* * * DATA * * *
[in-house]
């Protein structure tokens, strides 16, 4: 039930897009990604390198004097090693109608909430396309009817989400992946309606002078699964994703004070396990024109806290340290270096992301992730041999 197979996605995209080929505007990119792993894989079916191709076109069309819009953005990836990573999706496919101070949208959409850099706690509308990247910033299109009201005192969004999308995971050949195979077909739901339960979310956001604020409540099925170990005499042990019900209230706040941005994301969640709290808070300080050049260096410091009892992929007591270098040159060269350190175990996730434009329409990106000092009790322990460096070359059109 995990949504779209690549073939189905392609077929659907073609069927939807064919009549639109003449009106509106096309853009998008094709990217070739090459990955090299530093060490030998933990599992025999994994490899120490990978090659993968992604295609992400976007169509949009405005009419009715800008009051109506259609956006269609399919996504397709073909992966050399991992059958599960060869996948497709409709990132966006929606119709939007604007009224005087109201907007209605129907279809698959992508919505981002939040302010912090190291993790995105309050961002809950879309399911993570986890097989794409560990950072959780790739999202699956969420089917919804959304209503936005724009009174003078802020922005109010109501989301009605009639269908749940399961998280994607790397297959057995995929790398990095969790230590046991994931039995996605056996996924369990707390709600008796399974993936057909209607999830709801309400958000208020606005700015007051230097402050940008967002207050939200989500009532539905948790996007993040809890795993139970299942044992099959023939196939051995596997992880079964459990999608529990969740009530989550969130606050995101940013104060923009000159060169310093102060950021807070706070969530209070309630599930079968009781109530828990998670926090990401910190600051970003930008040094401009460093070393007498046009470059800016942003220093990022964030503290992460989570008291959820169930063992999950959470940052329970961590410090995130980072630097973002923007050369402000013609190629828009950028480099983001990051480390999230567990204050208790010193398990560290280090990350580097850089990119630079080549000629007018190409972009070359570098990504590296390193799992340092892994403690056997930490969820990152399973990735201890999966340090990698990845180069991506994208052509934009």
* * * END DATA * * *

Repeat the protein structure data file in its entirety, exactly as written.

[in-house]
């Protein structure tokens, strides 16, 4: 039930897009990604390198004097090693109608909430396309009817989400992946309606002078699964994703004070396990024109806290340290270096992301992730041999 197979996605995209080929505007990119792993894989079916191709076109069309819009953005990836990573999706496919101070949208959409850099706690509308990247910033299109009201005192969004999308995971050949195979077909739901339960979310956001604020409540099925170990005499042990019900209230706040941005994301969640709290808070300080050049260096410091009892992929007591270098040159060269350190175990996730434009329409990106000092009790322990460096070359059109 995990949504779209690549073939189905392609077929659907073609069927939807064919009549639109003449009106509106096309853009998008094709990217070739090459990955090299530093060490030998933990599992025999994994490899120490990978090659993968992604295609992400976007169509949009405005009419009715800008009051109506259609956006269609399919996504397709073909992966050399991992059958599960060869996948497709409709990132966006929606119709939007604007009224005087109201907007209605129907279809698959992508919505981002939040302010912090190291993790995105309050961002809950879309399911993570986890097989794409560990950072959780790739999202699956969420089917919804959304209503936005724009009174003078802020922005109010109501989301009605009639269908749940399961998280994607790397297959057995995929790398990095969790230590046991994931039995996605056996996924369990707390709600008796399974993936057909209607999830709801309400958000208020606005700015007051230097402050940008967002207050939200989500009532539905948790996007993040809890795993139970299942044992099959023939196939051995596997992880079964459990999608529990969740009530989550969130606050995101940013104060923009000159060169310093102060950021807070706070969530209070309630599930079968009781109530828990998670926090990401910190600051970003930008040094401009460093070393007498046009470059800016942003220093990022964030503290992460989570008291959820169930063992999950959470940052329970961590410090995130980072630097973002923007050369402000013609190629828009950028480099983001990051480390999230567990204050208790010193398990560290280090990350580097850089990119630079080549000629007018190409972009070359570098990504590296390193799992340092892994403690056997930490969820990152399973990735201890999966340090990698990845180069991506994208052509934009």